The long-term effects of brain injury can be catastrophic for students at any level. Early on, students with the most severe injuries are unable to attend school. Some require home schooling until they recover enough to travel and attend classes with other students.
Research shows that brain injury often harms basic cognitive abilities such as memory, learning, attention and concentration, word finding, and visual perception. Injury can also harm important academic abilities such as reading, arithmetic reasoning, vocabulary, writing, and spelling. Parents and students often worry about falling grades and failure. Concerns about passing the school year, graduating high school, or graduating from college with a degree are often expressed.
Frequent complaints from students with brain injury include:
- I study for twice as long as I used to, but I’m doing much worse.
- I can’t remember anything I read no matter how many times I re-read the same thing.
- I study hard and feel like I know the material. Then I go into the test and can’t come up with the answers.
- Essay exams are murder. I need 20 minutes to think of what I want to say and then the time has run out.
- I get so tired I can barely get through the school day. At night, I’m just too tired to do my homework.
- I’m so distracted. I can pay attention for five minutes and then my mind wanders.
- I go to every class, but nothing sinks in.
Most of the time, school systems are very willing to provide accommodations to students with brain injury. “What are accommodations?” you might ask. Accommodations are special services or arrangements designed to help survivors overcome and offset injury related limitations.
Students and parents often don’t know that many kinds of accommodations are available to help students succeed. Many are also unaware of what accommodations are appropriate and reasonable for them. Having a thorough evaluation of academic and cognitive abilities is a first step toward understanding a student’s special needs. Evaluations can be performed by neuropsychologists, educational psychologists, and school psychologists. Students and parents are encouraged to seek an experienced brain injury professional who can thoroughly document academic strengths, limitations, and recommended accommodations. Nearly all schools require documentation of disability and recommendations in order to provide accommodations.
To help you understand what accommodations might be appropriate for you or your student, we have prepared a partial list of commonly recommended accommodations on the next page. Talk to the psychologist or educational specialist helping you to determine what is best for your situation.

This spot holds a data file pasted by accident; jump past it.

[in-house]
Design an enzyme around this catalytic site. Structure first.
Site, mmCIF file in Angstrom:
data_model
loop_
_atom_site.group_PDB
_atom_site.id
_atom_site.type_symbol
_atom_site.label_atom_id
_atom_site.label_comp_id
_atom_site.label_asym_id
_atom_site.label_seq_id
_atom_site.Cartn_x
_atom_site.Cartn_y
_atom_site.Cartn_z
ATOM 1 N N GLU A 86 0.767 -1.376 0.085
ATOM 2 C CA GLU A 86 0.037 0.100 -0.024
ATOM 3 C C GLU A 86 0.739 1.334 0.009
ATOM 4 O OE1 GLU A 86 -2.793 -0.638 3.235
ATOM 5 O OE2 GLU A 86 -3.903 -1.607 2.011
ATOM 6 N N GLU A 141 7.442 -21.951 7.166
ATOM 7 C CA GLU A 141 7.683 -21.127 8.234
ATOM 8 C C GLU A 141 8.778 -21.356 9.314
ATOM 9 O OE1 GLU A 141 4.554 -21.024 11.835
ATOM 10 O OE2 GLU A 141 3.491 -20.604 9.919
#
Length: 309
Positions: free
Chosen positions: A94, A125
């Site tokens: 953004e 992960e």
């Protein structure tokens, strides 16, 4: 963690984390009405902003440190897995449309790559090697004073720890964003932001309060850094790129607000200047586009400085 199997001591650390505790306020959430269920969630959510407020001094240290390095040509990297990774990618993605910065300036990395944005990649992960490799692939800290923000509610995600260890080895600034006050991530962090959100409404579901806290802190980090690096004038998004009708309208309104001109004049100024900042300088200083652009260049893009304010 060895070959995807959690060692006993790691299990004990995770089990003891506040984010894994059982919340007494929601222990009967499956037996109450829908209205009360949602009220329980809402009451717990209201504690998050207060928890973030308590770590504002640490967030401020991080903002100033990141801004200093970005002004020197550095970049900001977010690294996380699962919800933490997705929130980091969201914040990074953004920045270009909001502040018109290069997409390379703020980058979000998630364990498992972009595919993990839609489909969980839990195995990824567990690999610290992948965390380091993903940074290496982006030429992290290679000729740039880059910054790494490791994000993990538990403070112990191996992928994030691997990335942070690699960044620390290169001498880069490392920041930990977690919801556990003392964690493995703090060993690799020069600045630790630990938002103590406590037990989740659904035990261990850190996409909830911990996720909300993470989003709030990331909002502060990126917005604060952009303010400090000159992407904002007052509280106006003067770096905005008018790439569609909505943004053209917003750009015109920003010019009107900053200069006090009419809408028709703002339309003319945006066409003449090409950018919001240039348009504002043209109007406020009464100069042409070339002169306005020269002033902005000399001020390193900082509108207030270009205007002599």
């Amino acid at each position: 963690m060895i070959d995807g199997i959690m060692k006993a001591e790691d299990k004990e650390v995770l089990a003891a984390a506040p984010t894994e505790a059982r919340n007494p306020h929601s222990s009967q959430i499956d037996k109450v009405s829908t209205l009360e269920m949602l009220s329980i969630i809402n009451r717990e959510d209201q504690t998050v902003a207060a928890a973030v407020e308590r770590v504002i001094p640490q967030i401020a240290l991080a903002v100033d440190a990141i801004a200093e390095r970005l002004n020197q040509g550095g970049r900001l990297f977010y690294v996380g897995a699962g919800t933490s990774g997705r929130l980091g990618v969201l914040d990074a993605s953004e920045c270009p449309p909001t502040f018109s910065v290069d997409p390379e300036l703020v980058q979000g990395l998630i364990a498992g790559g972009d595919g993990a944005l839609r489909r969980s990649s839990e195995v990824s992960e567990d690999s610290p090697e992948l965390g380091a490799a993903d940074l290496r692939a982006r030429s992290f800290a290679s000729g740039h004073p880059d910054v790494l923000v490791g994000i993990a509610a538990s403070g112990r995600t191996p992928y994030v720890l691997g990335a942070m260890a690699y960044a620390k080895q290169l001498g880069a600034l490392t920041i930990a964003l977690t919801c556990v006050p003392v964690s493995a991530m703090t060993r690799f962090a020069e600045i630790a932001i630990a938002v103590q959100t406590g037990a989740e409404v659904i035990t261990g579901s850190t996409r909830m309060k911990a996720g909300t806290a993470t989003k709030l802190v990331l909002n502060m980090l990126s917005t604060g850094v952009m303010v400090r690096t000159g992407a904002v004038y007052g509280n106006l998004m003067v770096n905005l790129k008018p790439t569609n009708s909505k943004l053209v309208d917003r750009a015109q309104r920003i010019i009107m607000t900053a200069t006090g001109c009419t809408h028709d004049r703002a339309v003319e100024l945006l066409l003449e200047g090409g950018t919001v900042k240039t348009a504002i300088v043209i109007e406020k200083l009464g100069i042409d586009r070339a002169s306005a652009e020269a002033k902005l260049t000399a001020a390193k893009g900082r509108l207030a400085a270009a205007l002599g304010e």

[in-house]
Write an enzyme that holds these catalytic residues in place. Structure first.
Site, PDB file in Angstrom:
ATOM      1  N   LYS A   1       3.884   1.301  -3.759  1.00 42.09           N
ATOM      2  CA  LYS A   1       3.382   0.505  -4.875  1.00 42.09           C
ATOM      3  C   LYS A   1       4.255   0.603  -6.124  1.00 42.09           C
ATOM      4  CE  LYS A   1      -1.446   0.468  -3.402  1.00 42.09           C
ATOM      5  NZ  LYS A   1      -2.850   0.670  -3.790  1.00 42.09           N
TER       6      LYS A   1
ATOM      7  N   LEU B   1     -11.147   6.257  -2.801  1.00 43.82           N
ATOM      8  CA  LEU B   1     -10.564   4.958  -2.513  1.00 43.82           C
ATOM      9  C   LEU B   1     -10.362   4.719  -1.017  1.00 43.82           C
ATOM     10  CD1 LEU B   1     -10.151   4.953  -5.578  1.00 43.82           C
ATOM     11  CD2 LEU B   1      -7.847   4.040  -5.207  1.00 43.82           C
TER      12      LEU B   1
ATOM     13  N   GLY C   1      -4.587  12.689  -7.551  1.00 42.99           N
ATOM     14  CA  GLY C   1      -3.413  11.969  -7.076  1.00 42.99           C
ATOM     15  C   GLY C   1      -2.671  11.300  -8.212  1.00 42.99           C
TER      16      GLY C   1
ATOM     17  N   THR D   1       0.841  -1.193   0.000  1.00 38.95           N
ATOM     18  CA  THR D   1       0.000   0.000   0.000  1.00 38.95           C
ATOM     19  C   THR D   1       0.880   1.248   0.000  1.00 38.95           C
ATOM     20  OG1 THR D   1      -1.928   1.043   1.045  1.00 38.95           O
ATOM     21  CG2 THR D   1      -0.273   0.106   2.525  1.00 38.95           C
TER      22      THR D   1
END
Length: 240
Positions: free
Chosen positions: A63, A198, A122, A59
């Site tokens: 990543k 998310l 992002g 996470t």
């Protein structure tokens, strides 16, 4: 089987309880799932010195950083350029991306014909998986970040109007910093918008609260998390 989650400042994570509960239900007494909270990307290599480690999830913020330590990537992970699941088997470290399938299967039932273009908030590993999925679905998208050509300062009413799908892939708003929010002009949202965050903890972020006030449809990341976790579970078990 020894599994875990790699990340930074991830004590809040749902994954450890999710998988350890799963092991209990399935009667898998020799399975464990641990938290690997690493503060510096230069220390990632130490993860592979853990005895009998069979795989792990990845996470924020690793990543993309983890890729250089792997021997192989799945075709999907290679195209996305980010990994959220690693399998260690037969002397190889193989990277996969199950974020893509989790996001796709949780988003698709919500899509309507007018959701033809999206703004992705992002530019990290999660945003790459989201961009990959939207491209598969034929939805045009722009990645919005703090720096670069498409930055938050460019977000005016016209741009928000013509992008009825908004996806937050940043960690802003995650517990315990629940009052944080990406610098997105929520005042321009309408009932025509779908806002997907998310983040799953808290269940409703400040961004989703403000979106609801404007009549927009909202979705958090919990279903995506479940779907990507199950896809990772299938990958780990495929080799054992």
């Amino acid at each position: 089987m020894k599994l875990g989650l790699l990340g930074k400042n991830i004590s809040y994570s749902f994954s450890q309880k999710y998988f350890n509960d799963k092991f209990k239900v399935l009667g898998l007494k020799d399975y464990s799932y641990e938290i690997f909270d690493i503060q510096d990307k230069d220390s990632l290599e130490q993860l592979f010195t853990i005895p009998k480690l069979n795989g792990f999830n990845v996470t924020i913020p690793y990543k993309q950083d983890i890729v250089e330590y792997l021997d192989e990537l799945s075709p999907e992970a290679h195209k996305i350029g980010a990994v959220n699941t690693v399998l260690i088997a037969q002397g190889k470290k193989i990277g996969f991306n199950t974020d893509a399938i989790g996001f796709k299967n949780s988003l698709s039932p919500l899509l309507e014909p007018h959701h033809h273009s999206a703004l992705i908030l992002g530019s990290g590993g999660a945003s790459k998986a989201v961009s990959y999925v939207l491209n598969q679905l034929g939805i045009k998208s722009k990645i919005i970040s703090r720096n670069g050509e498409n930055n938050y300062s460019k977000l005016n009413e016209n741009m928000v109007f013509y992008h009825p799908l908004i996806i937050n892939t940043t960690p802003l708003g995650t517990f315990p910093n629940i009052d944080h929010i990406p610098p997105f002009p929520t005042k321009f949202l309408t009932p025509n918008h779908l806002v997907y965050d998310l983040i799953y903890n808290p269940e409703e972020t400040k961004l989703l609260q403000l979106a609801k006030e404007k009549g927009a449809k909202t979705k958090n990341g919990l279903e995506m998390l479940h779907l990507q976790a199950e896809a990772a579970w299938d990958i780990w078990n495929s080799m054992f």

- Allow additional time to complete in-class assignments
- Allow for extra or extended breaks
- Provide student with instructor’s notes or help student obtain quality notes from other students
- Allow student to audio record lectures for later playback
- Provide both oral and written instructions; clarify instructions
- For lectures, provide student with an outline or study guide when available
- Allow use of a portable computer with spelling and grammar checks for assignments and note-taking
- In grading work, reduce emphasis on spelling and grammatical errors unless it is the purpose of the assignment
- Permit referencing a dictionary or thesaurus for assignments
- Provide preferential seating at or near the front of the classroom
- Reduce quantity of work required, in favor of quality.
- Avoid placing student in high pressure situations (e.g., short time frames, extensive volume of work; highly competitive)
- Exempt student from reading aloud in front of classmates because of impaired reading skills.
- Allow additional time to complete tests.
- Provide for completion of tests in a quiet, individual environment with the goal of minimizing distractions.
- Administer long examinations in a series of shorter segments with breaks allowed between sections.
- Allow oral examinations and assist student in having responses scribed, as needed.
- Assess knowledge using multiple-choice instead of open-ended questions.
- Allow student to clarify and explain responses on exams (and assignments).
- Permit student to keep a sheet with mathematic formulas for reference, unless memorizing the formulas is required.
- Permit student’s use of a calculator.
- Permit the student to utilize a dictionary and thesaurus in writing test responses.
- If two exams are scheduled on the same day, allow student to reschedule one for another day.
Written by Jeffrey Kreutzer, PhD and Nancy Hsu, PhD, Department of Physical Medicine and Rehabilitation Virginia Commonwealth University, Richmond, VA. Used with permission. www.pmr.vcu.edu.